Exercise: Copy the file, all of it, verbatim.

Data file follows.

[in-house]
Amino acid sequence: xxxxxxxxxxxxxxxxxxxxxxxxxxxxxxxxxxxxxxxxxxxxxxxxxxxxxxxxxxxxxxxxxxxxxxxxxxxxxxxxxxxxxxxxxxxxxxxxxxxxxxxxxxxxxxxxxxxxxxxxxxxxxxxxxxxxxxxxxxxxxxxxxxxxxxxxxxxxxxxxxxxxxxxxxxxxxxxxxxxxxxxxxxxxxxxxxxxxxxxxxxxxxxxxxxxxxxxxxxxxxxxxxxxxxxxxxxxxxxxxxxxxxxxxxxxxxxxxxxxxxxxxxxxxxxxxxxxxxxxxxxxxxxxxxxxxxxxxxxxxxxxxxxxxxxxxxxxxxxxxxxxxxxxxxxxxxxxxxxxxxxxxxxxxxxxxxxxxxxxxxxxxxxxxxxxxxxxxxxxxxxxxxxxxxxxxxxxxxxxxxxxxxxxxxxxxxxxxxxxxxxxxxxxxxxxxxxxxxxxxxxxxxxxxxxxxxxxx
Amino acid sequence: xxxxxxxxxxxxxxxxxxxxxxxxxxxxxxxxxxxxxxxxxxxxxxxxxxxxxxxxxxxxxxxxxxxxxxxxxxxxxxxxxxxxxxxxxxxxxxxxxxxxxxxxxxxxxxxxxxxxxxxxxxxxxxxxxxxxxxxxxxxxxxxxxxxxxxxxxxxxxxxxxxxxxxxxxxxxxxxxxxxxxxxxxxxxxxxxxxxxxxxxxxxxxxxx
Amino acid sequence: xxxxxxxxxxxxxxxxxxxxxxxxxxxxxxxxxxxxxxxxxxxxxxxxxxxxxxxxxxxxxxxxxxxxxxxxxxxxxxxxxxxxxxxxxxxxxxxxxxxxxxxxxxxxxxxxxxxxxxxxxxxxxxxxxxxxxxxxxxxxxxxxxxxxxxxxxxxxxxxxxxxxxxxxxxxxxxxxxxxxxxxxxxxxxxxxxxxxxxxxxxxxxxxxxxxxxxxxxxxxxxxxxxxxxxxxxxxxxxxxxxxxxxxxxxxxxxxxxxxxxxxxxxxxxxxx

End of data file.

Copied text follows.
[in-house]
Amino acid sequence: xxxxxxxxxxxxxxxxxxxxxxxxxxxxxxxxxxxxxxxxxxxxxxxxxxxxxxxxxxxxxxxxxxxxxxxxxxxxxxxxxxxxxxxxxxxxxxxxxxxxxxxxxxxxxxxxxxxxxxxxxxxxxxxxxxxxxxxxxxxxxxxxxxxxxxxxxxxxxxxxxxxxxxxxxxxxxxxxxxxxxxxxxxxxxxxxxxxxxxxxxxxxxxxxxxxxxxxxxxxxxxxxxxxxxxxxxxxxxxxxxxxxxxxxxxxxxxxxxxxxxxxxxxxxxxxxxxxxxxxxxxxxxxxxxxxxxxxxxxxxxxxxxxxxxxxxxxxxxxxxxxxxxxxxxxxxxxxxxxxxxxxxxxxxxxxxxxxxxxxxxxxxxxxxxxxxxxxxxxxxxxxxxxxxxxxxxxxxxxxxxxxxxxxxxxxxxxxxxxxxxxxxxxxxxxxxxxxxxxxxxxxxxxxxxxxxxxxx
Amino acid sequence: xxxxxxxxxxxxxxxxxxxxxxxxxxxxxxxxxxxxxxxxxxxxxxxxxxxxxxxxxxxxxxxxxxxxxxxxxxxxxxxxxxxxxxxxxxxxxxxxxxxxxxxxxxxxxxxxxxxxxxxxxxxxxxxxxxxxxxxxxxxxxxxxxxxxxxxxxxxxxxxxxxxxxxxxxxxxxxxxxxxxxxxxxxxxxxxxxxxxxxxxxxxxxxxx
Amino acid sequence: xxxxxxxxxxxxxxxxxxxxxxxxxxxxxxxxxxxxxxxxxxxxxxxxxxxxxxxxxxxxxxxxxxxxxxxxxxxxxxxxxxxxxxxxxxxxxxxxxxxxxxxxxxxxxxxxxxxxxxxxxxxxxxxxxxxxxxxxxxxxxxxxxxxxxxxxxxxxxxxxxxxxxxxxxxxxxxxxxxxxxxxxxxxxxxxxxxxxxxxxxxxxxxxxxxxxxxxxxxxxxxxxxxxxxxxxxxxxxxxxxxxxxxxxxxxxxxxxxxxxxxxxxxxxxxxx